The Third Annual Brooklyn Foodie Awards

Semilla, photo by Melissa Hom
Semilla, photo by Melissa Hom

In the spirit of the Oscars, it’s time for our third annual Brooklyn Foodie Awards! This is where we honor excellence amongst restaurants and chefs that have debuted in the last year, with totally arbitrary, intangible “awards” that don’t actually mean anything to anyone, except maybe the people receiving them. So hurry up and draft out your teary acceptance speeches all of you (restaurant) industry folk. Because we like you. We really, really like you.

Delaware and Hudson
Delaware and Hudson

Best Restaurant


*Delaware and Hudson

Pacifico’s Fine Foods


French Louie

Kao Soy

Thanks to the recently opened Kao Soy, Red Hook residents no longer need to dart under the BQE, for top-notch Northern Thai food at Pok Pok. It joins the estimable roster of restaurants we’ve loved best in the last year, from Emily and it’s honey-slathered pies, to Buttermilk Channel’s classy little sib, French Louie, to Pacifico’s oh so fine, Brazilian-accented eats, to Semilla and it’s incredible veggie wizardry (minus a point for the waist-high window in the bathroom). But like Michelin, we’ve got to give a star to Patti Jackson’s fantastically affordable “Baltimore to Buffalo” prix fixes at Delaware and Hudson, which (to the delight of our Syracuse-born husband), pay delightful homage to salt potatoes, one of the cornerstones of Central New York cuisine.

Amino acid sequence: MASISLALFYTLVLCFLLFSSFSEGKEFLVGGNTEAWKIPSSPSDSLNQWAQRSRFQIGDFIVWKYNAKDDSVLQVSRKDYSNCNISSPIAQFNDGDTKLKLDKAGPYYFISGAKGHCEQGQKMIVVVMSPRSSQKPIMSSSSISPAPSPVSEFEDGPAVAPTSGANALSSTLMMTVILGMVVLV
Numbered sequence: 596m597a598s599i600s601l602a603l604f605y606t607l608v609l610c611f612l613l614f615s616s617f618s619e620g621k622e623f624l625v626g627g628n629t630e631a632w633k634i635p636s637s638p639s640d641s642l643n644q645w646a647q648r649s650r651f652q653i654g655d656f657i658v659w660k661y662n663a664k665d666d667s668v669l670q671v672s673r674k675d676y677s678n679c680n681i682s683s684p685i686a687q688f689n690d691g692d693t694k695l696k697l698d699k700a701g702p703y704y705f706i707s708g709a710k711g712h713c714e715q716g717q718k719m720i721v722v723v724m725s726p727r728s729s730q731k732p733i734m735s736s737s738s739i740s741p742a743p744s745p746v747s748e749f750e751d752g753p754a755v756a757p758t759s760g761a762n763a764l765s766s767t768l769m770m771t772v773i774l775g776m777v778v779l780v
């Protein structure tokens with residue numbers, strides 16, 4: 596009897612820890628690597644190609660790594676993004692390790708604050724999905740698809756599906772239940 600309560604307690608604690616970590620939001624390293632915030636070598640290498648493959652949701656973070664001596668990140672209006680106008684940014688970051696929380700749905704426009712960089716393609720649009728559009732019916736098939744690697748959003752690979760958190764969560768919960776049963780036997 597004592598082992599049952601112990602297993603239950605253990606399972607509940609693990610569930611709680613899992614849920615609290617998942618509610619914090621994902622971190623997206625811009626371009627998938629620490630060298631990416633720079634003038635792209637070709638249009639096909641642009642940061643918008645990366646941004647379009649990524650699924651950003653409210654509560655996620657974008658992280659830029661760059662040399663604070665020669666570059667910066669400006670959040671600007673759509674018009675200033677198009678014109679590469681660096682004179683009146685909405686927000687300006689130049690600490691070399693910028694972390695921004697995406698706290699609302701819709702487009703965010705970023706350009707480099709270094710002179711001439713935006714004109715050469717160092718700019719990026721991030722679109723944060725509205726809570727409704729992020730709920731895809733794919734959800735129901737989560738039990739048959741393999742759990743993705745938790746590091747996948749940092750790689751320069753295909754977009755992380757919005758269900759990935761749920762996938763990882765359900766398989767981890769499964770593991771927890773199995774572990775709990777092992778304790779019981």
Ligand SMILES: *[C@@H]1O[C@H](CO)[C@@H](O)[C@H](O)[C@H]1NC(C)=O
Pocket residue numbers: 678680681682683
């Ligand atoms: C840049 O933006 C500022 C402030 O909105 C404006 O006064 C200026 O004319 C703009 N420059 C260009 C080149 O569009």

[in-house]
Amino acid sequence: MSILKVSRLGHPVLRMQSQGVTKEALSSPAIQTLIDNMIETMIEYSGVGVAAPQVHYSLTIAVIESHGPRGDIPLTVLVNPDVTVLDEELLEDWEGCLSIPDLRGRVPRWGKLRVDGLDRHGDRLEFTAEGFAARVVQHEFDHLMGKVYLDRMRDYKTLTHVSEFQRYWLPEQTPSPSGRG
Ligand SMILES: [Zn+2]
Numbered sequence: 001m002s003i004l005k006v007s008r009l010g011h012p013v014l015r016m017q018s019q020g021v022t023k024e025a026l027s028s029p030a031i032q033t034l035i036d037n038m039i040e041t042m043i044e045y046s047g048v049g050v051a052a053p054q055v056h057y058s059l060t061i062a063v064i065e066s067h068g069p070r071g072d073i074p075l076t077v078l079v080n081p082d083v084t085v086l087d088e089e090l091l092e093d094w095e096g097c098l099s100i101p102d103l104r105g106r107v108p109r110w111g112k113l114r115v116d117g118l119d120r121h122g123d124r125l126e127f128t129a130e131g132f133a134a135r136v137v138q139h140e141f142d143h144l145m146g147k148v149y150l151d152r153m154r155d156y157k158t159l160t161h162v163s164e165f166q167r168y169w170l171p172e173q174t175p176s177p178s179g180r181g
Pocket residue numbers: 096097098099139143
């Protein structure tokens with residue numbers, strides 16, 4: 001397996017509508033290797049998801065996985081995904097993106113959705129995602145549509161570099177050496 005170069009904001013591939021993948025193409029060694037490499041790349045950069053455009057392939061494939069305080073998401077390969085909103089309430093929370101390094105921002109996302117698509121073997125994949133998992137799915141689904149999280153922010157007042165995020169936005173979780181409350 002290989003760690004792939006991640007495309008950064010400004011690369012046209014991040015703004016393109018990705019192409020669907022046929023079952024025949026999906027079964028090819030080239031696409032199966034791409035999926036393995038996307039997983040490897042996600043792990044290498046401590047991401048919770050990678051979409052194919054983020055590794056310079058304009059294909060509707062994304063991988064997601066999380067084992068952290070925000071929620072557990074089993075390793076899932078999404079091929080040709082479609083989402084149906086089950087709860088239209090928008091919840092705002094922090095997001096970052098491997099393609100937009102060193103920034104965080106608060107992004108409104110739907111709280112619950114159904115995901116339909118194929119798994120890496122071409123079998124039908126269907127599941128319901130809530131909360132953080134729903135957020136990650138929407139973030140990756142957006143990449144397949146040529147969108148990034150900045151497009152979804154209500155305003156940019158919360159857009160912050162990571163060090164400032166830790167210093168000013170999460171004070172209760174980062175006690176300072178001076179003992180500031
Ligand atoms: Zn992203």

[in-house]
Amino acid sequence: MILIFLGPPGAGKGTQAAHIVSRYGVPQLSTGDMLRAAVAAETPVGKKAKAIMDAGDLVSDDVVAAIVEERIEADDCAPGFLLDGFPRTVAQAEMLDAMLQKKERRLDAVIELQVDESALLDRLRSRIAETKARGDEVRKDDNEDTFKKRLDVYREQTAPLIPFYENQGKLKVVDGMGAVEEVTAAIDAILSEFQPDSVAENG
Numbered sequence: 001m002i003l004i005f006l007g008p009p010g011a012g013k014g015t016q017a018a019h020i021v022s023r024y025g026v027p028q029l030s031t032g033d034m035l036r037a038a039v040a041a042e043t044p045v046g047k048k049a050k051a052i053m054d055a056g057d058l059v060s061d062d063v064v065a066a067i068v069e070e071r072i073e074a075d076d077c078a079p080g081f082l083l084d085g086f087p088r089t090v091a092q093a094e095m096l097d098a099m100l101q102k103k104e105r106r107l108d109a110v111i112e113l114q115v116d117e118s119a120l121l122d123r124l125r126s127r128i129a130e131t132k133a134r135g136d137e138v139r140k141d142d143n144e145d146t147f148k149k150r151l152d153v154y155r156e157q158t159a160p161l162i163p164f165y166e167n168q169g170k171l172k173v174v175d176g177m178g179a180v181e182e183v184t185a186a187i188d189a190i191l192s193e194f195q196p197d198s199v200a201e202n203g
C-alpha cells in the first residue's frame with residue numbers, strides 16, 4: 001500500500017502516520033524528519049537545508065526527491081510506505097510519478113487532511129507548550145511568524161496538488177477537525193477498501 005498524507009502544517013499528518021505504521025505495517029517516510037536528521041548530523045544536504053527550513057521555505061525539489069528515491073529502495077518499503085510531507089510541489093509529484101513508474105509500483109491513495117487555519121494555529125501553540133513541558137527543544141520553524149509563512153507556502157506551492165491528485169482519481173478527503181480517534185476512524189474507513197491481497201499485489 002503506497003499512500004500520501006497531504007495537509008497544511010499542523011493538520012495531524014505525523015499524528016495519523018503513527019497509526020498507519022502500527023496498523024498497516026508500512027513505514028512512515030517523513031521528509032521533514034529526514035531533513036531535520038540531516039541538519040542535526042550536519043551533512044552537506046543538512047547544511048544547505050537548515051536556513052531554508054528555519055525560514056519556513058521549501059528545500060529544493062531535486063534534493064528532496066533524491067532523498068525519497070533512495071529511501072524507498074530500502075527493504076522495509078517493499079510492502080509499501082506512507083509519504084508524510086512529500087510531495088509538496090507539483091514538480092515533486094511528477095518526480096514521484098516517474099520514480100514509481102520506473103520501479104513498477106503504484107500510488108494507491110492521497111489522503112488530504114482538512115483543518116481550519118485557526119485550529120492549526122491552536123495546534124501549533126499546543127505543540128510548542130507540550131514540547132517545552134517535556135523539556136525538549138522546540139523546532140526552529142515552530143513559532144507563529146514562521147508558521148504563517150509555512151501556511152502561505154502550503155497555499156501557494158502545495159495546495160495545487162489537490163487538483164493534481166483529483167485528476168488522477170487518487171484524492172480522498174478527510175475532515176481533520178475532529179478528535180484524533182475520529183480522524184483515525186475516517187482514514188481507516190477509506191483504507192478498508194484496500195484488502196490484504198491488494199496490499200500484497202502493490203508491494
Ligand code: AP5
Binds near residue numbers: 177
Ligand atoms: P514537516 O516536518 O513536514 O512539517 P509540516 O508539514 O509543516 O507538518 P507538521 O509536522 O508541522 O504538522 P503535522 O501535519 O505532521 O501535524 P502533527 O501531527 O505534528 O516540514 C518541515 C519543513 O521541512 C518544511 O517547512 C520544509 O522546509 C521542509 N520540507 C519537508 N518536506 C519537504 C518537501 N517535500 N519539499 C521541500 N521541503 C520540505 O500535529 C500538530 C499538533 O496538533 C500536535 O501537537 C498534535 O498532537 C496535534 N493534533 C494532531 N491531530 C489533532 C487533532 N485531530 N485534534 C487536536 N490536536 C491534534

Wilma Jean
Wilma Jean

Best Restaurateur

Jamison Blankenship/David Koon/James Sato (Bar Chuko)

Michael Jacober (Morris Sandwich Shop)

*Rob Newton/Kerry Diamond (Wilma Jean)

Doug Crowell (French Louie)

Andy Ricker (Pok Pok Phat Thai)

It’s hard enough to keep one restaurant alive and kicking. Which is why we have utmost respect for anyone that pulls off a repeat (Buttermilk Channel’s Doug Crowell, who waited six whole years before moving forward with French Louie; the boys at Bar Chuko, who are also breaking ground in Bushwick; and Gladys’s Michael Jacober, who doubled down on his original sandwich concept this month). Not to mention three-peat (Andy Ricker, who’s essentially remade the Columbia Waterfront District in Pok Pok’s image), or, in the case of Rob Newton and Kerry Diamond, a three-peat and counting, bestowing fried bologna sandwiches on Brooklyn at their Southern-styled lunch counter, Wilma Jean, this year, with a bucolic cafe in the Brooklyn Botanic Gardens still to come.

Jose Ramirez-Ruiz and Pam Yung of Semilla
Jose Ramirez-Ruiz and Pam Yung of Semilla

Best Chef, Male

Polo Dobkin (Meadowsweet)

*Jose Ramirez-Ruiz (Semilla)

Gabe McMackin (The Finch)

Tom Kearney (Nine Chains, June Wine Bar)

Ben Pope (2 Duck Goose)

Polo Dobkin made a triumphant return to his East Williamsburg stomping grounds, Ben Pope created a compelling case for the rise of refined Chinese food, Farm on Adderley’s Tom Kearney swung for the fences with impeccable baked goods at Nine Chains AND inventive small plates at June Wine Bar, and Roberta’s alum Gabe McMackin proved his talents extend well beyond pizza at the Finch. But at his totally zen tasting room, Semilla, Jose Ramirez-Ruiz manipulated vegetables in ways we’ve never seen before (and considering he changes his menu almost constantly), will probably never see again. No matter, that celeriac tagliatelle and burdock root arancini will remain forever burned into our memory.

Shanna Pacifico photo by Noah Fecks
Shanna Pacifico
photo by Noah Fecks

Best Chef, Female

*Shanna Pacifico (Pacifico’s Fine Foods)

Patti Jackson (Delaware and Hudson)
Pamela Yung (Semilla)

Kanlaya Supachana (Kao Soy)

Lien Lin (Bricolage)